Cashier counts currency notes inside bank in Lucknow
A cashier counts currency notes inside a bank in the northern Indian city of Lucknow July 16, 2009. REUTERS/Pawan Kumar/Files
Kalpesh Chavda
Bank Transaction Tax – Few more concerns
This article originally appeared in CRI content has now been subsumed in The views expressed here are personal and do not necessarily reflect those of the editors of

During June 1935, Bureau of Sugar experiment stations in Australia introduced quite unusual step to control menace of Cane Beetle. Back then conventional method of pest control was found unsatisfactory. They introduced Cane Toad to Australia. Cane Toads were native to Central and South America. More than 102 young were released in northern Queensland.

Since their release, toads have rapidly multiplied in population and now number over 200 million and have been known to spread diseases affecting local biodiversity. Unfortunately, the introduction of the toads has not only caused large environmental detriment, but there is also no evidence that they have had an impact on the cane beetles they were introduced to predate. [1]

I hope bank transaction tax proposal isn’t similar to introduction of Cane Toad. Cane Toads were introduced to predate Cane Beetle. Cane Beetle exists in Australia even today and that to also sufficient numbers. I just hope, in order to control menace of black money, measures like bank transaction tax does not become epidemic like Cane Toad.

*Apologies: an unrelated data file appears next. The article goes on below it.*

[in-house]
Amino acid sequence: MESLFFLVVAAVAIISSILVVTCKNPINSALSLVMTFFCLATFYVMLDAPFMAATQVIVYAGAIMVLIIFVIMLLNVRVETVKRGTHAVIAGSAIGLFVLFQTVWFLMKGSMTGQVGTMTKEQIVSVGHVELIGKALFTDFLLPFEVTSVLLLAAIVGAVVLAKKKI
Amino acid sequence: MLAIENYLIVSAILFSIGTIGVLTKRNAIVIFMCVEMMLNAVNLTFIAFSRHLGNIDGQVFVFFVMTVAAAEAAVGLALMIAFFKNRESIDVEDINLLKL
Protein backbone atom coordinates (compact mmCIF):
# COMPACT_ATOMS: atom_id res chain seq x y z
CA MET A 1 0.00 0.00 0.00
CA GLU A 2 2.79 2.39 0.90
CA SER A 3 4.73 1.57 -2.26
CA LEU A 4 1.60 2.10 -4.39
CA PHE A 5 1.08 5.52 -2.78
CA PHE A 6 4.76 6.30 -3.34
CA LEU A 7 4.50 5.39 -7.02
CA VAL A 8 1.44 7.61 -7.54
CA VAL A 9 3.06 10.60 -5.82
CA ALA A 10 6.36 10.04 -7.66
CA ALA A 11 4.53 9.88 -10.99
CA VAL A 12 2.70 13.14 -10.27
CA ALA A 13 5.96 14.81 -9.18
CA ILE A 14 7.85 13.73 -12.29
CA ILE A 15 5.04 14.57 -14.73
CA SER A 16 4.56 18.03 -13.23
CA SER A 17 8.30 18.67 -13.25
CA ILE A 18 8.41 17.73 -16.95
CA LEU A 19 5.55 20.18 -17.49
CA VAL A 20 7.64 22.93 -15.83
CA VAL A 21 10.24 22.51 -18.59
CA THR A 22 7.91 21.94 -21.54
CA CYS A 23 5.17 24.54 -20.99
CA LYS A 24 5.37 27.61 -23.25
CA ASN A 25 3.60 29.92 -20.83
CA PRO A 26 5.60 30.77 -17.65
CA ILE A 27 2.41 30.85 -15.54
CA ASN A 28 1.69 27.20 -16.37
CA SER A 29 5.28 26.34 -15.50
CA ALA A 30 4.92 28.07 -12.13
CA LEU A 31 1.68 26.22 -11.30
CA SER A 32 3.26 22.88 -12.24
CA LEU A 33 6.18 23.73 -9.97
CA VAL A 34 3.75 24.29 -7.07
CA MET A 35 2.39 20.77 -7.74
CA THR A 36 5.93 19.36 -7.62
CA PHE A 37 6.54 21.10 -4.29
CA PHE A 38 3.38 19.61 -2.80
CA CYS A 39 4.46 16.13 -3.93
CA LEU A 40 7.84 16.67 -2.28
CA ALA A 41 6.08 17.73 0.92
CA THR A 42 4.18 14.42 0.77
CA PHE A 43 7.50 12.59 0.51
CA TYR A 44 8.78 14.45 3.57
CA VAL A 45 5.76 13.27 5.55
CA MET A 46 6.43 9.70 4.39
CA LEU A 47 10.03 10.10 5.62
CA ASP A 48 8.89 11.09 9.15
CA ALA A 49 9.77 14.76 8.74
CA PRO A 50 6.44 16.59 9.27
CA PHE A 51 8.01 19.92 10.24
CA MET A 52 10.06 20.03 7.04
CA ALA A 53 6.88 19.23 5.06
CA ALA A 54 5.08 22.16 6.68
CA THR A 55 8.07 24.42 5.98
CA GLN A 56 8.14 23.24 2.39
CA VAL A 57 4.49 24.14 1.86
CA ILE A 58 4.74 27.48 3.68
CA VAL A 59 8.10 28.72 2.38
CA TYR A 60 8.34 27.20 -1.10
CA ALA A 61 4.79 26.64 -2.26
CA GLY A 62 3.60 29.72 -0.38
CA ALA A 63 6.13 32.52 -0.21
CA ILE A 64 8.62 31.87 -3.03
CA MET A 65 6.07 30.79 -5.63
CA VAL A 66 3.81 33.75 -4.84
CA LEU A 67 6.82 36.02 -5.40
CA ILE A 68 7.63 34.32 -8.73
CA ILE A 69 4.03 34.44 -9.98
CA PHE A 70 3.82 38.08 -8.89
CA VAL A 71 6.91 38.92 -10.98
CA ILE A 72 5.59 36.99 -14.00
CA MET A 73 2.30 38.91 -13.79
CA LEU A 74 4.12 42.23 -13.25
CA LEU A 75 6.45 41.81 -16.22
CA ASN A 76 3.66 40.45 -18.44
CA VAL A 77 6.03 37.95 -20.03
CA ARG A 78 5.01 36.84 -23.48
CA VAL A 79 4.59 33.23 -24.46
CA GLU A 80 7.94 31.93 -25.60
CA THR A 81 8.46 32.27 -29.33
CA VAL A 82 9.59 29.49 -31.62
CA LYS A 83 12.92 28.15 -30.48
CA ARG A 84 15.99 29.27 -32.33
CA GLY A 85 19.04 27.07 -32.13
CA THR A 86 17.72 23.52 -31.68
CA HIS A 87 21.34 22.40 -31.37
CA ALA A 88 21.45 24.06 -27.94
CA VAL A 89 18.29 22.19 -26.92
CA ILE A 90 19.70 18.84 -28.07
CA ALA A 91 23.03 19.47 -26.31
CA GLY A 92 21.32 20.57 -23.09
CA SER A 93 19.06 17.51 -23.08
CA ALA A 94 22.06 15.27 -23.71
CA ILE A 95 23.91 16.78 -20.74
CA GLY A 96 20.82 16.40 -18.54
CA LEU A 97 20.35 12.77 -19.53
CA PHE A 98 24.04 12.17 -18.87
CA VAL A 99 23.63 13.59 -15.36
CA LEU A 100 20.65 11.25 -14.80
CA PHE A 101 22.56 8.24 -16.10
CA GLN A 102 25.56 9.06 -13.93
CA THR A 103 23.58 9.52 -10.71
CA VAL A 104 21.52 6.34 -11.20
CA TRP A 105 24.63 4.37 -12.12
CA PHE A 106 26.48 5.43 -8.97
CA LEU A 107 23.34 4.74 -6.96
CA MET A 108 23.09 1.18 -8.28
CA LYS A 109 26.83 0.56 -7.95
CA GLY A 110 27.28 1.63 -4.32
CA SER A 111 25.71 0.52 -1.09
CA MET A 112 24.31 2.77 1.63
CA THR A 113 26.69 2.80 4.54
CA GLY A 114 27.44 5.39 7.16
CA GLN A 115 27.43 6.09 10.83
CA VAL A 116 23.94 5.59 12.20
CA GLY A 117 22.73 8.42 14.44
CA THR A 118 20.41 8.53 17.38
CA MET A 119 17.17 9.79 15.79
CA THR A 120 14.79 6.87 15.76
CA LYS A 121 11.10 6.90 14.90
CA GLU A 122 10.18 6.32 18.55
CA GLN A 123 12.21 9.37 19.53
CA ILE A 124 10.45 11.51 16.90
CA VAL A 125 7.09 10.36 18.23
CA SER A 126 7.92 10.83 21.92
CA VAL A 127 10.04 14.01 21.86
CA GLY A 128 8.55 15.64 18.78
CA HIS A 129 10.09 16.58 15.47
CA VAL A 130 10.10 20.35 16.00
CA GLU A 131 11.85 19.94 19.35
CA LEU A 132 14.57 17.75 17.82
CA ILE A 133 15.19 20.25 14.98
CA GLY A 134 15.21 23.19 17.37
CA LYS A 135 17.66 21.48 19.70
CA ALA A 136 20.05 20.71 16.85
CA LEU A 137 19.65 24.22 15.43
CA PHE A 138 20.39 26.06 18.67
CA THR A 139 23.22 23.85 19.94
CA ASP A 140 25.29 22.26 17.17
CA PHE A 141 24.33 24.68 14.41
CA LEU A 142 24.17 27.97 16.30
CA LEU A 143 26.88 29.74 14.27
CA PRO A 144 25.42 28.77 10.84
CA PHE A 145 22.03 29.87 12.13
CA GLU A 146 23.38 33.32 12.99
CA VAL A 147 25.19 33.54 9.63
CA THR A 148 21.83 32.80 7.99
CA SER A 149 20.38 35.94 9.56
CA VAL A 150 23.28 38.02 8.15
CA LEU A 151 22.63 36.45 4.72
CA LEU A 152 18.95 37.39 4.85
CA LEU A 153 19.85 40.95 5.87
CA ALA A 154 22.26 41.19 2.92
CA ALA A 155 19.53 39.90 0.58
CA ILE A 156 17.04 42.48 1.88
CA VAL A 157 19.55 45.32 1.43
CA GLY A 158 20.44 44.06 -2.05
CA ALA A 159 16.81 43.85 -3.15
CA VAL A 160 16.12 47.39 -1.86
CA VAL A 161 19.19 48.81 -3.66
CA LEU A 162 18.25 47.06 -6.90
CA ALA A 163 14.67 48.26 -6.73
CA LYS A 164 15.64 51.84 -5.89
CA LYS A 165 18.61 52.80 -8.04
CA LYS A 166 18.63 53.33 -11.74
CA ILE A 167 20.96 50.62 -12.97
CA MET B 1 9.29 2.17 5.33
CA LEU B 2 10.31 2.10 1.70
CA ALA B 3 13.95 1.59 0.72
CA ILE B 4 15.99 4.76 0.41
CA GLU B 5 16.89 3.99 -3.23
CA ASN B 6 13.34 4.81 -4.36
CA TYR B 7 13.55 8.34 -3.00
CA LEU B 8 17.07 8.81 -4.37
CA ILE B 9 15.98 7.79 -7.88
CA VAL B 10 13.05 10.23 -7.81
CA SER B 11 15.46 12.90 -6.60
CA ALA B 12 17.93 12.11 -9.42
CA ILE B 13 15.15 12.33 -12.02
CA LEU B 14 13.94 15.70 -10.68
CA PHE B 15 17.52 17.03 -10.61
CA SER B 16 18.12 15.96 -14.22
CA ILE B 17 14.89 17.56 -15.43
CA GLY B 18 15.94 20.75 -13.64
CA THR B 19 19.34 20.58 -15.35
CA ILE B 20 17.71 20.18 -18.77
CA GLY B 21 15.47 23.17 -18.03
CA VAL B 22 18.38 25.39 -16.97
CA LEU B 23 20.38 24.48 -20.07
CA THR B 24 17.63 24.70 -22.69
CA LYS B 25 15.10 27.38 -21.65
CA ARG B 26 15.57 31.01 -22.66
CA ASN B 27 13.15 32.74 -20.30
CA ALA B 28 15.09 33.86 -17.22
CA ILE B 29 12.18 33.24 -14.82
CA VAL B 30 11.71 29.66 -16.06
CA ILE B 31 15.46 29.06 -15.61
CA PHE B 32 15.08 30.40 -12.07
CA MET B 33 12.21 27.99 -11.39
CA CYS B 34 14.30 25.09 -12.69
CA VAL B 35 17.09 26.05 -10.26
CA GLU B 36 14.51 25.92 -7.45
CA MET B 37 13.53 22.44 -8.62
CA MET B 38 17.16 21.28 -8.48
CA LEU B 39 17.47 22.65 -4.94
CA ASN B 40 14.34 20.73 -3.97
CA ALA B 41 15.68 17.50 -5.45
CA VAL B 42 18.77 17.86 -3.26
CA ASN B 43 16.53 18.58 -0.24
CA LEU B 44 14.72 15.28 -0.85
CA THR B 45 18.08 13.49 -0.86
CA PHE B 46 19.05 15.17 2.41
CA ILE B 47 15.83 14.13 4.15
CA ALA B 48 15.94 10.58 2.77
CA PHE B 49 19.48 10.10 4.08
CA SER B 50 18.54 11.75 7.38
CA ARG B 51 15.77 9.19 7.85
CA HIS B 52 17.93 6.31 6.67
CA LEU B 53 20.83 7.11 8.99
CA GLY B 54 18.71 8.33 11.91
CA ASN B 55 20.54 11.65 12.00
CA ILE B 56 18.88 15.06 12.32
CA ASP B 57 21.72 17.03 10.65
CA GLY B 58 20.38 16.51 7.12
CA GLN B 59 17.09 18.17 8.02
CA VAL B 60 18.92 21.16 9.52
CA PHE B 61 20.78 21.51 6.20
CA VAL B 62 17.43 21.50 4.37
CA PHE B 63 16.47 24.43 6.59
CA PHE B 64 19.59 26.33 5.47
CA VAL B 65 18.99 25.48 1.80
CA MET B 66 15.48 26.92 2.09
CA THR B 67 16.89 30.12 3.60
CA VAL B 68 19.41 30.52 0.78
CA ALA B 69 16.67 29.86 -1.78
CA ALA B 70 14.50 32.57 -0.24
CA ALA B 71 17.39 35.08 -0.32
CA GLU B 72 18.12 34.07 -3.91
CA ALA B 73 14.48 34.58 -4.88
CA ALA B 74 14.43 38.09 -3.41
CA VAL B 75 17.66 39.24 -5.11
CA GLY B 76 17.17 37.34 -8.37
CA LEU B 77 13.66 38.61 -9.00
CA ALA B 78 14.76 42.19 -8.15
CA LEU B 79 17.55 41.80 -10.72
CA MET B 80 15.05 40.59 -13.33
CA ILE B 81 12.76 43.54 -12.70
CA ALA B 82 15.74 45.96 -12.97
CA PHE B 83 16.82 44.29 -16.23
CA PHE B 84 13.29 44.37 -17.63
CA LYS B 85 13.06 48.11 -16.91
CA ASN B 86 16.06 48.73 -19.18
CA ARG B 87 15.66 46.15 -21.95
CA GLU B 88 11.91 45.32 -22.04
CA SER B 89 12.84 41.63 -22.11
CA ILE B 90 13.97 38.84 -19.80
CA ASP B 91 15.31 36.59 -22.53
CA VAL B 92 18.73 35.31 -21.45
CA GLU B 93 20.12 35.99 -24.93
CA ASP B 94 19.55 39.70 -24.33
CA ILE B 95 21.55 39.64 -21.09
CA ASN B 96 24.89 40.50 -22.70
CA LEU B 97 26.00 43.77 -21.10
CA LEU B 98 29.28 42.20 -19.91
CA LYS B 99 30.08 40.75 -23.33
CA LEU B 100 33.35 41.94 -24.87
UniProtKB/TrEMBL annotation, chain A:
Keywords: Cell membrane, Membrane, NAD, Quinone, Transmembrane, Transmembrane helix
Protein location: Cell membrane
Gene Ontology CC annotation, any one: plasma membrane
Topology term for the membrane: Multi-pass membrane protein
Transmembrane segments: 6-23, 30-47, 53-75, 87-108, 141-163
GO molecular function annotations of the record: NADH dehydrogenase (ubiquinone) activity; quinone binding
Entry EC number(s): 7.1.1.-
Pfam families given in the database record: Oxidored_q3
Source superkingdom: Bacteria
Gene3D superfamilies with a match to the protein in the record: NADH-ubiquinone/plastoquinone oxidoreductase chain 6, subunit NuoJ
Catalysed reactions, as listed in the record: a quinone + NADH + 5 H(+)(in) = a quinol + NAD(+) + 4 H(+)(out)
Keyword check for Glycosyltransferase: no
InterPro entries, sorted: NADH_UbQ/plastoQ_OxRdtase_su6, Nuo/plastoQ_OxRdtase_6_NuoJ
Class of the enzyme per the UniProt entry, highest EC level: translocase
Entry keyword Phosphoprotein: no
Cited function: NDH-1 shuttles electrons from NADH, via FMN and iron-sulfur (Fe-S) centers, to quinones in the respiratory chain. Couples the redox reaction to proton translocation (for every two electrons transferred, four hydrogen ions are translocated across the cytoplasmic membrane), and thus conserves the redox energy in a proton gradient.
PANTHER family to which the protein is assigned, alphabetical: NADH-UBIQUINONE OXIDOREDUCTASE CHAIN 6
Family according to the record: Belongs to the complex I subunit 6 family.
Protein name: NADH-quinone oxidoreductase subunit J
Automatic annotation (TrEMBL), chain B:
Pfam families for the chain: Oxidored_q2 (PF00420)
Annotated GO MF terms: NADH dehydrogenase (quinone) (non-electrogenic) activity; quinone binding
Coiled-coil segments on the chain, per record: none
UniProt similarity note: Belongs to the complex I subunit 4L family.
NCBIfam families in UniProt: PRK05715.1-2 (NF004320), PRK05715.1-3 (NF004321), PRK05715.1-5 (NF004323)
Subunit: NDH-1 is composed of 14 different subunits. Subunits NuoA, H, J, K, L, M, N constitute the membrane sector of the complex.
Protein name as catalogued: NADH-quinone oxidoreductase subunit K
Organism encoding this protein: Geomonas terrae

Let us look at some additional issues and thoughts pertaining to the bank transaction tax.

Bank Transaction Tax and impact on GDP growth

Do the proponents of bank transaction tax feel that the ‘Current tax regime has not helped the government to raise sufficient revenue to fuel growth?’ I might be wrong, but this is one of the underlying grievance most of us have and this belief very much exists amongst proponents of bank transaction tax. While this might be true, but is the increase in tax revenue in direct correlation to GDP growth? Following is comparison between BRIC nations with respect to tax revenue to GDP ratio.

Data from here.

You might be surprised to know that tax to GDP ratio of China and India are almost similar. Simple point which I am trying to make here is that for better GDP growth, equitable distribution of development, wealth and efficient social welfare, tax revenue is just one of the determinants.

“Bank Transaction tax is simple” is myth

For a layman, proposal looks very simple; however it is far from simple. In the absence of model act, I would take current proposal by Arthakranti as base for my critics. I am of the opinion that the proposal in its current form is prone to legal disputes between tax enforcement agencies and tax payers let me give couple of examples.

  1. Role of tax enforcement agencies: -Assumption that tax enforcement agencies will become redundant is misplaced. In my opinion in any taxation system, tax enforcement agencies will always have role to play and bank transaction tax will not be any different.